Open skies to drive ASEAN aviation


The development of open skies policies in Southeast Asia will drive the expansion of the region’s aviation industry, a new report has stated.

In its ‘Southeast Asian Aviation’ report, Frost & Sullivan Asia Pacific said that open skies policies would lead to increased flexibility, route coverage and profitability among Southeast Asian carriers.

ASEAN Open Skies is expected to boost air travel in the region (photo by 1000 Words)
ASEAN Open Skies is expected to boost air travel in the region (photo by 1000 Words)

“The ASEAN aviation market will develop significantly in the next few years with considerable increases in infrastructure investment and planned policies in the making which will encourage this growth momentum,” said Neil Dave, Frost & Sullivan’s Consulting Analyst for Aerospace & Defense.

“Consumers will look to benefit from increased choice of destinations, routes and greater affordability with rising standards of living and cost-savings passed down from airlines due to improved efficiency and maximisation of profits,” he added.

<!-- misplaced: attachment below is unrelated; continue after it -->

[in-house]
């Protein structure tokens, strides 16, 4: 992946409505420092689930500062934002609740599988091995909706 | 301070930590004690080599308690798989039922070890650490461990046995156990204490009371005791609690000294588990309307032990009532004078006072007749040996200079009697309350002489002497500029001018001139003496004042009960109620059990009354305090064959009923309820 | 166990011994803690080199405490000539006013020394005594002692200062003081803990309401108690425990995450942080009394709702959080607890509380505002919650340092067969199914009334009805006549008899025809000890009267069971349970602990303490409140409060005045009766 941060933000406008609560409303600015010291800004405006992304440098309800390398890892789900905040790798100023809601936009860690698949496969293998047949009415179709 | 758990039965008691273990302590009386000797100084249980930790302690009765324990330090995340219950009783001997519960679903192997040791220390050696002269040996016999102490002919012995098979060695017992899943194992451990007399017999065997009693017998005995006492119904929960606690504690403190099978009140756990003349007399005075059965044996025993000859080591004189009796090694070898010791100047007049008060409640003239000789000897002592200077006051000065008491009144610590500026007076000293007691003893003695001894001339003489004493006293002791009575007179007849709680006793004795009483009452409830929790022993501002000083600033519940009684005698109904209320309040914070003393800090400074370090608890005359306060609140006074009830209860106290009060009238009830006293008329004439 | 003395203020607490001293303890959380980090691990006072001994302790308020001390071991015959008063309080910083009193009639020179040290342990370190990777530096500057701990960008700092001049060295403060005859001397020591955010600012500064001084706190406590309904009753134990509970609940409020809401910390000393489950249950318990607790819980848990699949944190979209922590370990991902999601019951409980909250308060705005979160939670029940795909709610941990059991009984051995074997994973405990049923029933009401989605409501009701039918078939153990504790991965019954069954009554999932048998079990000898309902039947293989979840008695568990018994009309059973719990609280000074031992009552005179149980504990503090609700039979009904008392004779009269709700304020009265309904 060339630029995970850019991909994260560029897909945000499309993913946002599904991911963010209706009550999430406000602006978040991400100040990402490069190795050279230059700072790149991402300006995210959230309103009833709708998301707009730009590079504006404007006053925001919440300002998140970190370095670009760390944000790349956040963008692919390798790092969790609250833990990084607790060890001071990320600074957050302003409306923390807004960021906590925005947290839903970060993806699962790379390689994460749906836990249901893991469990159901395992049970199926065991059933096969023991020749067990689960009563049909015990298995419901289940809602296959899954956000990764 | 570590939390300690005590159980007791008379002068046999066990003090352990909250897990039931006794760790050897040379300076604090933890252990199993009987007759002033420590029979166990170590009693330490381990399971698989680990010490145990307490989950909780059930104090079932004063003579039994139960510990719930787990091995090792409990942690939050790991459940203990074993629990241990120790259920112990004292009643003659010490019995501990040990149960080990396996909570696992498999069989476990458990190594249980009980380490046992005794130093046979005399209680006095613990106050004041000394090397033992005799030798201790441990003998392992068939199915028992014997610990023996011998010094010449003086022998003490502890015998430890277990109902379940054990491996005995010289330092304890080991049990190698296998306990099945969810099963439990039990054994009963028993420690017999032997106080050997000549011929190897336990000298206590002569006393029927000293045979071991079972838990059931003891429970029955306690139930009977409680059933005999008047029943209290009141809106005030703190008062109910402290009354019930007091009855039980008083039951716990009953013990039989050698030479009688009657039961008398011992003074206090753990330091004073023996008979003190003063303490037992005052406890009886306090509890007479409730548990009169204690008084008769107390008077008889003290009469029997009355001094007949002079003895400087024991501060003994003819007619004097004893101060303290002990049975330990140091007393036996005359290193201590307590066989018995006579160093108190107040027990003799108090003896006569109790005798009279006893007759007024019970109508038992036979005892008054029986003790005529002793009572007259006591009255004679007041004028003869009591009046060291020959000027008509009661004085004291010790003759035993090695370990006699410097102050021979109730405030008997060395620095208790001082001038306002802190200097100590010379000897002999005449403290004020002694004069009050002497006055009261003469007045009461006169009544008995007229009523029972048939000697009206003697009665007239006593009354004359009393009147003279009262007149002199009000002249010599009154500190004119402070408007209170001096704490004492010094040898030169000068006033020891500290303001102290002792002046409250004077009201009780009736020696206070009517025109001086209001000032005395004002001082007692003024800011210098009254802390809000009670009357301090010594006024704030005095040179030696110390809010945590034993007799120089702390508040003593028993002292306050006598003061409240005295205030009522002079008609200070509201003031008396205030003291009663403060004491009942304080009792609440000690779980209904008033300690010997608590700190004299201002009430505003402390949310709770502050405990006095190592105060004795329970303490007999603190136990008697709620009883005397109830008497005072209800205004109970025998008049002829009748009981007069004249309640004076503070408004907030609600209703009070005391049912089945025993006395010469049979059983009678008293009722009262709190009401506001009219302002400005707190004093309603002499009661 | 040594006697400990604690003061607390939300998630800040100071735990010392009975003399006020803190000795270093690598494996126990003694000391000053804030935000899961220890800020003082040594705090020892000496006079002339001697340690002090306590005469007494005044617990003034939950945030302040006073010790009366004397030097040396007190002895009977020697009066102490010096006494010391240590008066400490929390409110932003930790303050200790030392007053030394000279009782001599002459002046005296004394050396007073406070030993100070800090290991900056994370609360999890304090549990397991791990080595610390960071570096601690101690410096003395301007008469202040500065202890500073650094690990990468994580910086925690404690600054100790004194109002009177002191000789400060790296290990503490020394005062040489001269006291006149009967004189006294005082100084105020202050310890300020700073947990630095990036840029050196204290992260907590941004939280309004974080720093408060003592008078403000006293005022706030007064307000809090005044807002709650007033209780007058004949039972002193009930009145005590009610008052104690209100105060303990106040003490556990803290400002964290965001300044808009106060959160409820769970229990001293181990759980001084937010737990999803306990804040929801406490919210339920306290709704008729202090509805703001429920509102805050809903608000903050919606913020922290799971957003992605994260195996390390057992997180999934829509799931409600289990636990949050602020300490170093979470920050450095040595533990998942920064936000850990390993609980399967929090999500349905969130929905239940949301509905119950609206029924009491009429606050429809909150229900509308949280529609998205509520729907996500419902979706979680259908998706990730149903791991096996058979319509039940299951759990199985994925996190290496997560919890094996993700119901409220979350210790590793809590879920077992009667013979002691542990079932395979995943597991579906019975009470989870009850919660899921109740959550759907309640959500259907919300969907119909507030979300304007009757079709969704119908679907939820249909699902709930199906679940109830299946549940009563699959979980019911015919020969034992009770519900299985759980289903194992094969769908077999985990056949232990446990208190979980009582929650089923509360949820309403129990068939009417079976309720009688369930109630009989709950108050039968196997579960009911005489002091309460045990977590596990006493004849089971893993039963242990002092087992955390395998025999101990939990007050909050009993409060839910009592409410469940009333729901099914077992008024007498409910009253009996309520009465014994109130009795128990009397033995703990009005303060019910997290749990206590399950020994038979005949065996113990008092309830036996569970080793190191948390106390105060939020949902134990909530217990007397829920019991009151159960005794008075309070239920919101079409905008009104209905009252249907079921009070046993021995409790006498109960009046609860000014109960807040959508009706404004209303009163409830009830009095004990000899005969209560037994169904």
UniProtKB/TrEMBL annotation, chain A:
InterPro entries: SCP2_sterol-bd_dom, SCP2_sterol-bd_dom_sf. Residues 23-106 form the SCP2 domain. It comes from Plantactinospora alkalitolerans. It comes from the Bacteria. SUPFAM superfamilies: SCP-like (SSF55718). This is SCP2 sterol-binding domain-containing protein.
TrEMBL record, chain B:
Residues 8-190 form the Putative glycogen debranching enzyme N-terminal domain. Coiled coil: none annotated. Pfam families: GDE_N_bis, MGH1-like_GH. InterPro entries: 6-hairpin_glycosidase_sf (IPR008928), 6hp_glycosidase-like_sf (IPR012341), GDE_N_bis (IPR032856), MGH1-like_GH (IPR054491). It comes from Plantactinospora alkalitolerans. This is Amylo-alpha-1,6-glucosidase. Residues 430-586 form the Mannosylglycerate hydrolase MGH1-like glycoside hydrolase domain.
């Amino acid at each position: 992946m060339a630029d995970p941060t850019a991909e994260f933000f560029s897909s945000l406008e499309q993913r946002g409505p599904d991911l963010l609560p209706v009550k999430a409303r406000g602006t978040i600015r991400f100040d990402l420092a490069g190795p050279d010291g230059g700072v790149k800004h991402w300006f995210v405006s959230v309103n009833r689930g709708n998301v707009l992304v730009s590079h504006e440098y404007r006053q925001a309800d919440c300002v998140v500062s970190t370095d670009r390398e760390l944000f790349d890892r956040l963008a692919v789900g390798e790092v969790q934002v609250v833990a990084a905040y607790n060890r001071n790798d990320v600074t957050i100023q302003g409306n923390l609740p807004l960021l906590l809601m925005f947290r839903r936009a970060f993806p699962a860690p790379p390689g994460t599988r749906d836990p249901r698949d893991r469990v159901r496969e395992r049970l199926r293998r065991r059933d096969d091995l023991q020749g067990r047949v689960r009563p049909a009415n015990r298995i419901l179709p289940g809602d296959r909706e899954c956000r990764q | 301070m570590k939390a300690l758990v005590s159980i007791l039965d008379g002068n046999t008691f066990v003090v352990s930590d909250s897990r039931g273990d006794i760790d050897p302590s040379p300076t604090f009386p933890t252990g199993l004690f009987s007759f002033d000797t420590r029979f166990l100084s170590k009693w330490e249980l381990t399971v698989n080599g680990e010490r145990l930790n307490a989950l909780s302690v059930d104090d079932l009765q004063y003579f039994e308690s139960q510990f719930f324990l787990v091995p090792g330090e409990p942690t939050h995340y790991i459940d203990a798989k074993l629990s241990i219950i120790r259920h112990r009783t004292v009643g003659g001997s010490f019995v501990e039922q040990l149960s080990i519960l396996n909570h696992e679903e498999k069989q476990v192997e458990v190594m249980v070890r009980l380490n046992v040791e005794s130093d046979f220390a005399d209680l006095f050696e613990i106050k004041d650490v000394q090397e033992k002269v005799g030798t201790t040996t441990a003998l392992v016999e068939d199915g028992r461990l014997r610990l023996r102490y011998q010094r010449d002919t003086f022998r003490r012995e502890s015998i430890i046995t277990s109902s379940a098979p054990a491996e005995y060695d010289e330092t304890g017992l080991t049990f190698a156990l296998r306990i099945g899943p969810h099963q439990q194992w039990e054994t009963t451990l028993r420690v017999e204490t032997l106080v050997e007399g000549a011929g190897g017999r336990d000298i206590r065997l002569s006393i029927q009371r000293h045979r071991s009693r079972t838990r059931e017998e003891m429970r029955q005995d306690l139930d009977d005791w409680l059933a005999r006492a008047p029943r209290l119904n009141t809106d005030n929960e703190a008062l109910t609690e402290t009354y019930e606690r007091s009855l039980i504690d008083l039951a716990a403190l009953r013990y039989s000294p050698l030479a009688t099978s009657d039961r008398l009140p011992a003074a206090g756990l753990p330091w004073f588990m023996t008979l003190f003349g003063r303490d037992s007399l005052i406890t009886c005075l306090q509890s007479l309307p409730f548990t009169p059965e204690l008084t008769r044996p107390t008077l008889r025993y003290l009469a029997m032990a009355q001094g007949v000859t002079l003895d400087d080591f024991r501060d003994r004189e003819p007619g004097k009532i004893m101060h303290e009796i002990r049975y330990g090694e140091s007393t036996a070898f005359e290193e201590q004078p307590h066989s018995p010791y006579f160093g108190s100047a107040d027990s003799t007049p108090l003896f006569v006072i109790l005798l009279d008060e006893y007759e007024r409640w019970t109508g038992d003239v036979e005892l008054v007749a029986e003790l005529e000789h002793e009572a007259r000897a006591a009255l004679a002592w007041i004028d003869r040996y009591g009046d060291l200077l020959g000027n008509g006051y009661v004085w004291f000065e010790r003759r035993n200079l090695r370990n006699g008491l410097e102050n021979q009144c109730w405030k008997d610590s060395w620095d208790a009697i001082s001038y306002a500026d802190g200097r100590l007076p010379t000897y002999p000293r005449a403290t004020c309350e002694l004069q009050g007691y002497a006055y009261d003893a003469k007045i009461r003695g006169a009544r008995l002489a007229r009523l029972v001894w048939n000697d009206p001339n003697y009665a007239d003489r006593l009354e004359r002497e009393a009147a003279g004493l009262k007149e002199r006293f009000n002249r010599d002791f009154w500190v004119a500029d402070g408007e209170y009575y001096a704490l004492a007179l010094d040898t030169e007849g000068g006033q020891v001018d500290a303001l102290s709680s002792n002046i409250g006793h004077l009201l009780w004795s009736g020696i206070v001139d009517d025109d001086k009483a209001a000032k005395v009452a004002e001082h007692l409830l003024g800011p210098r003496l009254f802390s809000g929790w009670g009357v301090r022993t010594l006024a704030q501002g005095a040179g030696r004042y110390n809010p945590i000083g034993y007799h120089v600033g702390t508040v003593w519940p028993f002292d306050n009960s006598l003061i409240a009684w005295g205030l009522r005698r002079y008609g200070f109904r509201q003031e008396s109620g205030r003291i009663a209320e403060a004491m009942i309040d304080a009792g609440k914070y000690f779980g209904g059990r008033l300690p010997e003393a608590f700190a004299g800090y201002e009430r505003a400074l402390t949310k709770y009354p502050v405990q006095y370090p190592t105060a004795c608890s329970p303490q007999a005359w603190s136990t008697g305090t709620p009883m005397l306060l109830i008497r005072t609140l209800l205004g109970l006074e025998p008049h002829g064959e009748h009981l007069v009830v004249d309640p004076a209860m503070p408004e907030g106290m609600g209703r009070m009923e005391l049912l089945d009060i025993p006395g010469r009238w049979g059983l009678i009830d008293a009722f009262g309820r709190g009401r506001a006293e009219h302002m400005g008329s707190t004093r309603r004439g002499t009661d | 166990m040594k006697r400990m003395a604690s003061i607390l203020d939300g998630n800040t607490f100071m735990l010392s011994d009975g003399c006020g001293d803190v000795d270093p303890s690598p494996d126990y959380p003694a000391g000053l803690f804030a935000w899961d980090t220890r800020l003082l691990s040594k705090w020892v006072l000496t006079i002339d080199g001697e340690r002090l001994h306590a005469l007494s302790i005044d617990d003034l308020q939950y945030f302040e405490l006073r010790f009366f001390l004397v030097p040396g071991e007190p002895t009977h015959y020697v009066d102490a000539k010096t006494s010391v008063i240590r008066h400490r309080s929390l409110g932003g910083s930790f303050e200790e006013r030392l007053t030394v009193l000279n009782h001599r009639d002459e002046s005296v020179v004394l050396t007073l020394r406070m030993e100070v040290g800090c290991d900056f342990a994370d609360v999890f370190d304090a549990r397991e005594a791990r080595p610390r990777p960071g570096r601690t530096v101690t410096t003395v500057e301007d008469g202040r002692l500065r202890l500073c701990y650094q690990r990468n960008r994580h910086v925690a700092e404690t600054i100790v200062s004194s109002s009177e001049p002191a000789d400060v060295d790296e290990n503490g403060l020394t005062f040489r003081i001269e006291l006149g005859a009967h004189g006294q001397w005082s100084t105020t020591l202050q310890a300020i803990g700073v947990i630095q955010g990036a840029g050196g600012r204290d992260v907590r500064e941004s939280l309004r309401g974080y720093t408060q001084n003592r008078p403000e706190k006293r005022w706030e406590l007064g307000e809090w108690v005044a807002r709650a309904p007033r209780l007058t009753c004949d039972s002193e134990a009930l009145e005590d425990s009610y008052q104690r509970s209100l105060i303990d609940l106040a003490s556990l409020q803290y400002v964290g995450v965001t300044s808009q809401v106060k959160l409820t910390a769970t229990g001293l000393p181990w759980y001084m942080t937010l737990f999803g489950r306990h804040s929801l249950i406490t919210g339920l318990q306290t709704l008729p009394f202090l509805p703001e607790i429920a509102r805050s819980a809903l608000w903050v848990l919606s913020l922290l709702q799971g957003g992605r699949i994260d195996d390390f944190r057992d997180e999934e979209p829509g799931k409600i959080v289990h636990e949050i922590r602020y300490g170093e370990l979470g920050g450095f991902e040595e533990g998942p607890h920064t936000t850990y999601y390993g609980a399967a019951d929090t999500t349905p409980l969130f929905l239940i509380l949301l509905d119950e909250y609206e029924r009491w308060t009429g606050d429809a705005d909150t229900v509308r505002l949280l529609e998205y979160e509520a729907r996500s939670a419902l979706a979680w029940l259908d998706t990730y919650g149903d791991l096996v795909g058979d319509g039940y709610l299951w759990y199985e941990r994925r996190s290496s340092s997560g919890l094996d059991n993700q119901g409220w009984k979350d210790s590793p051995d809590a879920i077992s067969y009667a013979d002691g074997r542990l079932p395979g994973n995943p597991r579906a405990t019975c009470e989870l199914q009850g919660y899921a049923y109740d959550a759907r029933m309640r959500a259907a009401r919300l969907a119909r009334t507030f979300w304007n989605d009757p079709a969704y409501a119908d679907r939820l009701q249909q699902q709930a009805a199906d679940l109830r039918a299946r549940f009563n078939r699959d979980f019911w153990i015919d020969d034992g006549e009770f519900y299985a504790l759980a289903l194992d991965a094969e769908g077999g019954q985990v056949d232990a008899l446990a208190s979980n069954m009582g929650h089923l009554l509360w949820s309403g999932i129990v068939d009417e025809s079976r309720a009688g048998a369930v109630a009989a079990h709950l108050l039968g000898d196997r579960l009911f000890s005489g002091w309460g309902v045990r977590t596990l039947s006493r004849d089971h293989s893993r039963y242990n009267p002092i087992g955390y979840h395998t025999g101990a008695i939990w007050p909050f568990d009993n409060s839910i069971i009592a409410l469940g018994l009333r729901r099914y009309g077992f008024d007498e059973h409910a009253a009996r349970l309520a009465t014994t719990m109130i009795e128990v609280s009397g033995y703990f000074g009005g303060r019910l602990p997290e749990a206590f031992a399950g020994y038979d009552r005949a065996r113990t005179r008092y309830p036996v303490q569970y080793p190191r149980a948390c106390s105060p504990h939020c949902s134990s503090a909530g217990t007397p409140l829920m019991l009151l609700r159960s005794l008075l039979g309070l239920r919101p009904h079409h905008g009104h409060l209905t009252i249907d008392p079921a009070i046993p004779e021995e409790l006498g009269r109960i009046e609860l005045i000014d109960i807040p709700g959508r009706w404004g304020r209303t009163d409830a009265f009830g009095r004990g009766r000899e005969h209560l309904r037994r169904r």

According to Frost & Sullivan, the demand for a “well-knit air travel infrastructure system” and an increasing demand for low-cost travel are the main drivers of ASEAN open skies policy implementation.

“Many ASEAN countries currently lack comprehensive and well developed ground transport infrastructure and countries in these regions are divided by vast seas, therefore there is a demand for a well-knit, flexible air-transport system.” added Dave. “Also, with the increasing popularity of air travel as mode of transport, there is a rise in demand for low-cost travel among countries in the ASEAN region which are not connected.”

The Frost & Sullivan report warned however, that the implementation of open skies policies may have some negative impacts for ASEAN airlines. “Stiff competition from mature, foreign players may eventually squeeze out smaller players from a developing aviation industry leading to loss of aviation related jobs,” the report stated.

Frost & Sullivan also noted that there are still several restraints in the implementation of open skies policies in the ASEAN region, including a lack of infrastructure in certain countries. In the long-term however, the report said open skies policies would bring about “real and spill-over benefits” to the region.

“The management of concerns regarding aviation safety, security, tariffs and fair competition will be fundamentally critical to the succession of open skies policies in the ASEAN region. However, with these kinks and issues ironed out in time, ASEAN as a region can look to benefit heavily from the implementation of these policies,” Dave concluded.
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